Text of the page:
Capt. William Clarke Quantrill
By the time a Confederate naval gun battery opened fire on Fort Sumter, the West was a mess, a tangled complex matrix of states, territories, Indian reservations, bustling cities, massive desolate deserts, wide, empty unmapped rolling plains, rocky untamed coastal shores, serene inlets, islands, forests, mountains, volcanoes and farmland. If a geographical feature existed, it could be found in the vast American West. Perhaps too soon in 1850 to call it the American West, but here we were, and there was little in between us and the coastline save for a few indigenous peoples who made North America home for millions of years – and Mexico. Fueled by the notion of Manifest Destiny, the idea that somehow that European settlers should inherit the biggest land windfall in history was a divine canon moved to the forefront of political thinking. This was no replevin. It was a purloining, plain and simple.
The landscape was large and inchoate to the American mind. Some areas were unclassified lands. In places like St. Louis, or in San Francisco, the refinements and luxuries of high society could be found in abundance, even mature architecture and theater. Most of the American west was lawless, or under the purview of a hundred Indian bands and intermittent white settlements. Municipalities popped up instantly where money was to be made. The gold rush in California, railroad jobs, gold and silver and coal mining created mini retail environments. Where there were horses, there were saddles and saddle makers and clothes makers, and haberdashers and gunsmiths. Where there were wagons there were repairmen who could fix a wheel, replace an axle or remake horse restraints. Where there were men there were guns and alcohol and harlots as well and all of those things smoothed the way for commerce.
In particular the areas known as Missouri and Kansas were at war with each other. This was a bitter and savage war that few Americans remember in history. It was bloody and murderous and cruel. Missourians had had statehood for 40 years, yet they had a strong xenophobic libertarian streak and were on the side of secessionists and slavers and thugs who grabbed land at the border when anarchy reigned. Kansan authorities raided Missouri territory to keep the brigands off balance and to raid storehouses and thus promote the impecunious circumstances that would hopefully slow the raiders down. These bands in Missouri were well organized and used their cavalry and repeating rifles for mobility and firepower. The Union Army in turn used it’s brute strength, large infantry formations, cannons and of course its own formidable cavalry. Major General Samuel Curtis led Union troops to victory over the Confederates aligned with Missouri Brigands under Major General Earl Van Horn at Elk Horn Tavern.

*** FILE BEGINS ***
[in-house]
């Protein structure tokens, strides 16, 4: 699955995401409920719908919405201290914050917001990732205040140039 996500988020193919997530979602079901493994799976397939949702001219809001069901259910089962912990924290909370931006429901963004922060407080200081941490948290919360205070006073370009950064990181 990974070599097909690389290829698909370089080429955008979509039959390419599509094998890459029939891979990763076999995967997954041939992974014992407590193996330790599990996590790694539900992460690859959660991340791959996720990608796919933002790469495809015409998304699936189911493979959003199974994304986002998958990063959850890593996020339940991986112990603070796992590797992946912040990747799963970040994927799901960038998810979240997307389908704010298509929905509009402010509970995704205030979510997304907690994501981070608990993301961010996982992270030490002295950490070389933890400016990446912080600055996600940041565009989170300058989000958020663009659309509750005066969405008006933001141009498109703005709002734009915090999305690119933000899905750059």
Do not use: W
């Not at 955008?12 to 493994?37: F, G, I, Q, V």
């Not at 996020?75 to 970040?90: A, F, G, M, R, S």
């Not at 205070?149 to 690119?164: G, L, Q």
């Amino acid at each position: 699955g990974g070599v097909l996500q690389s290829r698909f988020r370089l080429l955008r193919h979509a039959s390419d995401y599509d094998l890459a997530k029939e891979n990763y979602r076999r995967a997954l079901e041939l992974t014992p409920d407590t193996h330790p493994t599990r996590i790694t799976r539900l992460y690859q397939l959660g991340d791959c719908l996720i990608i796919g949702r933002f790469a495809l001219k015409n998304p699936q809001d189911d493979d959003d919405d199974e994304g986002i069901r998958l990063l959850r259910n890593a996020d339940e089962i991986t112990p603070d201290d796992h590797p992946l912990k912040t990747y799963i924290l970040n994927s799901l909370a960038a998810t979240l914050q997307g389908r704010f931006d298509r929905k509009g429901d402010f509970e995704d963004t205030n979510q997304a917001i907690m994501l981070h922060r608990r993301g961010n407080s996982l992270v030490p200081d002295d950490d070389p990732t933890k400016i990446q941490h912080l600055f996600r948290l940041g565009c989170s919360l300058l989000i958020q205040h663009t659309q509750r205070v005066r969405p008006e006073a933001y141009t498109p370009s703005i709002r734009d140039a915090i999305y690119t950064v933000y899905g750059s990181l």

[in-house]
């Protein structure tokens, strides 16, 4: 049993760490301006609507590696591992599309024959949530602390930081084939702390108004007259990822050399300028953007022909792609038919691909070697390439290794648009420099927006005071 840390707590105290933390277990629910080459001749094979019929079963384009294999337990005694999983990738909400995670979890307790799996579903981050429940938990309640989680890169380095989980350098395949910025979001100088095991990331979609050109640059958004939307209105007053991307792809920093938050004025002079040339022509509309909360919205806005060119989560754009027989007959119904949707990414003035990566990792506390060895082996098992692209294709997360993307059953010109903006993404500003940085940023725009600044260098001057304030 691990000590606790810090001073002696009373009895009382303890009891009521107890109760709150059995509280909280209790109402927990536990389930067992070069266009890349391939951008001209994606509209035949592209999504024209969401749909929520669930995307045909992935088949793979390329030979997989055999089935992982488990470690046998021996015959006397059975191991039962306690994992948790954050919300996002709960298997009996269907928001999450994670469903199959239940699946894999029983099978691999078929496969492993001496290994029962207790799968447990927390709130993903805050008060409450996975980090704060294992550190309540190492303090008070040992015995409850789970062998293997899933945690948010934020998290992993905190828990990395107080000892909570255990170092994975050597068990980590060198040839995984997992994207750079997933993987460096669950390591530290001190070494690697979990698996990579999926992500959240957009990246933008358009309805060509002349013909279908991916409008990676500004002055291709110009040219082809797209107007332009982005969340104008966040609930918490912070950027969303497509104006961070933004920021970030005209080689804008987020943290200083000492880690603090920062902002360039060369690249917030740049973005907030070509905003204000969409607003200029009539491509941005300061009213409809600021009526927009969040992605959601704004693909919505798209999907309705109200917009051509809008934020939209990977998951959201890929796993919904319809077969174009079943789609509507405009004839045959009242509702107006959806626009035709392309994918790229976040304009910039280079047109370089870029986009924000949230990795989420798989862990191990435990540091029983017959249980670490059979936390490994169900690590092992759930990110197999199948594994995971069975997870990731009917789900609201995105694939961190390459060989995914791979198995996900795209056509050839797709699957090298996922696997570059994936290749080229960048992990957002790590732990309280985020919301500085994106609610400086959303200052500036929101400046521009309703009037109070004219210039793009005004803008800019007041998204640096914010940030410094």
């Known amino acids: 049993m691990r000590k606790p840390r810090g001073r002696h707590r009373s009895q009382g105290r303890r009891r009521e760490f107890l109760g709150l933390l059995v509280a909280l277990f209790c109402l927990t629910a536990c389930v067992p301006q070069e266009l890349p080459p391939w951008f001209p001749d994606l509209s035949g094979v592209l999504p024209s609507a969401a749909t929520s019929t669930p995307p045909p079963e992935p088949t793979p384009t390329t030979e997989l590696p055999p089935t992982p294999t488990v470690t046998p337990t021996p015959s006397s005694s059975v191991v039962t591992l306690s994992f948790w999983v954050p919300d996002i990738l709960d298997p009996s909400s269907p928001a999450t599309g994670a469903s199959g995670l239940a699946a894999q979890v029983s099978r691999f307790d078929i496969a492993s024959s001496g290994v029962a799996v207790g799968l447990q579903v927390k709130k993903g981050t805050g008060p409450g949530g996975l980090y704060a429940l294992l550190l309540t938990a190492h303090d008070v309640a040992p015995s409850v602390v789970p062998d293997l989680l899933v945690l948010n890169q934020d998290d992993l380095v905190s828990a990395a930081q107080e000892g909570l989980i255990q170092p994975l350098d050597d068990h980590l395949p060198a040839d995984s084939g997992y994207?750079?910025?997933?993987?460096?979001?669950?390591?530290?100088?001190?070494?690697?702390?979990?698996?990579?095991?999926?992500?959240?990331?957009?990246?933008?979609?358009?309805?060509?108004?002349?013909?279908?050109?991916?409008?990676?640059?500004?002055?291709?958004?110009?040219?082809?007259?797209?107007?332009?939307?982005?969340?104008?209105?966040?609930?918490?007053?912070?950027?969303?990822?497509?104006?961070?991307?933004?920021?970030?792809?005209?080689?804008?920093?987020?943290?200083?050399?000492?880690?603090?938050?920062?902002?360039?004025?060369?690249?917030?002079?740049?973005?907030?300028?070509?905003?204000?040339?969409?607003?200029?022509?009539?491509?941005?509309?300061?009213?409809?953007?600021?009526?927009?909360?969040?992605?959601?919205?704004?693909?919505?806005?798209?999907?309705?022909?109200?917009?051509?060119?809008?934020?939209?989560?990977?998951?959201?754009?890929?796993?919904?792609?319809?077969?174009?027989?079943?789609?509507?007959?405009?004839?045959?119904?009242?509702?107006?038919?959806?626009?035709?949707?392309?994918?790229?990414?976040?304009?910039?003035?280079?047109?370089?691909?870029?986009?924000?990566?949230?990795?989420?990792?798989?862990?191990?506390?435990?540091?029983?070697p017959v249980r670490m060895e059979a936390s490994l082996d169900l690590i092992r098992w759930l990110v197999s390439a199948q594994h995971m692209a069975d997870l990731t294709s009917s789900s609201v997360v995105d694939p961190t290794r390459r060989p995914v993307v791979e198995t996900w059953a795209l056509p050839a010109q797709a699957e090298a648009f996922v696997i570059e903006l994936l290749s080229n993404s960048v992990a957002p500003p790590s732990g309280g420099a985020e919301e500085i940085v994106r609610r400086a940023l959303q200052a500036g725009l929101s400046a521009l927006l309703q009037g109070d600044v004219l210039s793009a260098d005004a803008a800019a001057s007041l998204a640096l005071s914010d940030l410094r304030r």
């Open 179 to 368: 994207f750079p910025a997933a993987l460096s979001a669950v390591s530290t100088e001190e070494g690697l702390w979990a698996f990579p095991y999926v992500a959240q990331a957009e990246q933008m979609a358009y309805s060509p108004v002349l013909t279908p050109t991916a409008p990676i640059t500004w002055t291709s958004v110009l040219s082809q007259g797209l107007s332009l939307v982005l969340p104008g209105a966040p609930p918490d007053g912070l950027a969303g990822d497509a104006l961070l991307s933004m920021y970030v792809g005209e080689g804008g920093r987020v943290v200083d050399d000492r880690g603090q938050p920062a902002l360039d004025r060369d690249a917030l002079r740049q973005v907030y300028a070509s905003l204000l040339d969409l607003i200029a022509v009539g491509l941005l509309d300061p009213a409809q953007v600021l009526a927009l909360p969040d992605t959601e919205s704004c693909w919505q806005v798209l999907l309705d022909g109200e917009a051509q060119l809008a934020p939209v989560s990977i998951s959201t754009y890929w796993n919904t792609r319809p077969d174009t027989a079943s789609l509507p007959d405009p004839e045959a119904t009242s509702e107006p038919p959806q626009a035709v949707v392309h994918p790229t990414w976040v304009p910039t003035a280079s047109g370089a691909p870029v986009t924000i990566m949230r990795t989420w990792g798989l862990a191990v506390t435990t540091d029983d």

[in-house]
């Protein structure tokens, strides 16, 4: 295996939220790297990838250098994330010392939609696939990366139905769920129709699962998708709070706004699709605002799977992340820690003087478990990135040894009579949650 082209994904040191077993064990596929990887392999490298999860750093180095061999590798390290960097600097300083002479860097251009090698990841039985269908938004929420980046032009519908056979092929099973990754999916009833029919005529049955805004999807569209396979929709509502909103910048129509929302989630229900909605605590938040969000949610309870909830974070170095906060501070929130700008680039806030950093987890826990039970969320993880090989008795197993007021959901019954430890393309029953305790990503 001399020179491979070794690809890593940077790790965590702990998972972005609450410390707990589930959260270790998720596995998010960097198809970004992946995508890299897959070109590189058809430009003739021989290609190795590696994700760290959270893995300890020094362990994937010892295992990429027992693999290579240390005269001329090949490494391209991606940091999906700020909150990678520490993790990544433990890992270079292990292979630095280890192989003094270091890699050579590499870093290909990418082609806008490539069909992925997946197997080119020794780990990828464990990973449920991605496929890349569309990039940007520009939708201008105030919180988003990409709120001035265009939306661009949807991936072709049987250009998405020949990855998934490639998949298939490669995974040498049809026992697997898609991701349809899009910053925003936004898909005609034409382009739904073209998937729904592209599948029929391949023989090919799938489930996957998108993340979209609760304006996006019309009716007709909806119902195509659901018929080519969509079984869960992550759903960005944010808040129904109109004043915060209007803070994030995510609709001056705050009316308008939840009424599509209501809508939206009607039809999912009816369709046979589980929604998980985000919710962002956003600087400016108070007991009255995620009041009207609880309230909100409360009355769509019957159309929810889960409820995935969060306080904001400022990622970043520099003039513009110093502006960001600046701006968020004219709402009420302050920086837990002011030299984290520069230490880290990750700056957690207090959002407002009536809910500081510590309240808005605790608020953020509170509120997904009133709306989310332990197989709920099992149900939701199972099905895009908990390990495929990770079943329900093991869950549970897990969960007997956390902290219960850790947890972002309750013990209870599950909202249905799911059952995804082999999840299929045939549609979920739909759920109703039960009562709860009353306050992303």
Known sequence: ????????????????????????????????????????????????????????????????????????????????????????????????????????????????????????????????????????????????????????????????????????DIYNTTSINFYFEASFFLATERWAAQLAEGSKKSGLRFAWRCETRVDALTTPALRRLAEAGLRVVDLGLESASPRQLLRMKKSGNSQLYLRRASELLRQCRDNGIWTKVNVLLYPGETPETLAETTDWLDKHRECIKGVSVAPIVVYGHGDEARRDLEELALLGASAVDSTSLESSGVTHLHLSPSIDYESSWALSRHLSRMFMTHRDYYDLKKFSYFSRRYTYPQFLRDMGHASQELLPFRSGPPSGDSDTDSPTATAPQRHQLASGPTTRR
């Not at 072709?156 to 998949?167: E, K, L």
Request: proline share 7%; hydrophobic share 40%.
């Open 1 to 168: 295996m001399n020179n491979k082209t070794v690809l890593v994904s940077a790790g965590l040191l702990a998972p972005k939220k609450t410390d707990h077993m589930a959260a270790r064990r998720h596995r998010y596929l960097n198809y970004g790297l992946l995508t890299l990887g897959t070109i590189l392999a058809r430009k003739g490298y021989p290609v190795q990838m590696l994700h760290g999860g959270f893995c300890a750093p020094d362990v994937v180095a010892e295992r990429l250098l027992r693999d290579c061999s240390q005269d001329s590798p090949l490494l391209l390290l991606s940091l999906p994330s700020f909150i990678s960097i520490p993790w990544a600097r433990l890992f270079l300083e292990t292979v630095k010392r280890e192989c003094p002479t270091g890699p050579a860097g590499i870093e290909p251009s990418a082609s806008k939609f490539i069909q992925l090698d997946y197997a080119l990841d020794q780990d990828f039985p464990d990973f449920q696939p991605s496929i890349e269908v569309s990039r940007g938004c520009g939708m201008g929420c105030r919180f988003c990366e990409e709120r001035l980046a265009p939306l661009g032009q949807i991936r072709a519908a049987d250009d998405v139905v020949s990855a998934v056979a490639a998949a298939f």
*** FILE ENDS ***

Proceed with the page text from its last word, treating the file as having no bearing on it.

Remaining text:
However, the war in the West and in particular the violence between Kansas and Missouri was decentralized. Hatred between the two groups was deeply inculcated and so raids were tit for tat and this low level war did not end until the Civil War ended and a Federal force could be installed. Typical raids might include cold-blooded executions of able-bodied men, or hangings, home burnings, and forced displacements. Kansas and Missouri had a refugee problem. Unfortunately the Union Army acted with wanton abandon and licentiousness. Housing insurgent women in a building that later collapsed did the Union Army no favors for reputation. Then there was Order Number 11, delivered by Brigadier General Thomas Ewing that forced a large number of people out of their homes in a single night.
Revenge midwifed raiding groups that had the same fame and fortune as august military histories like the 14th Hussars or the Welsh Bridge. Capt. William Clarke Quantrill led a famed group of pro secessionists known as Quantrill’s Raiders. They were forced into the Confederate Army under the Partisan Ranger Act, but he led his men with the same fiery independence and headline seeking cruelty as ever before.
He died in Union hands in 1865, a product of the wild and violent American West.
In the end of the Missouri state sent 110,000 soldiers to serve in the Union Army and 40,000 to serve Jefferson Davis. Missouri and Kansas were fighting neighbor to neighbor across state lines and inside state lines. There were 1200 distinct battles fought intrastate during the American Civil War in Missouri.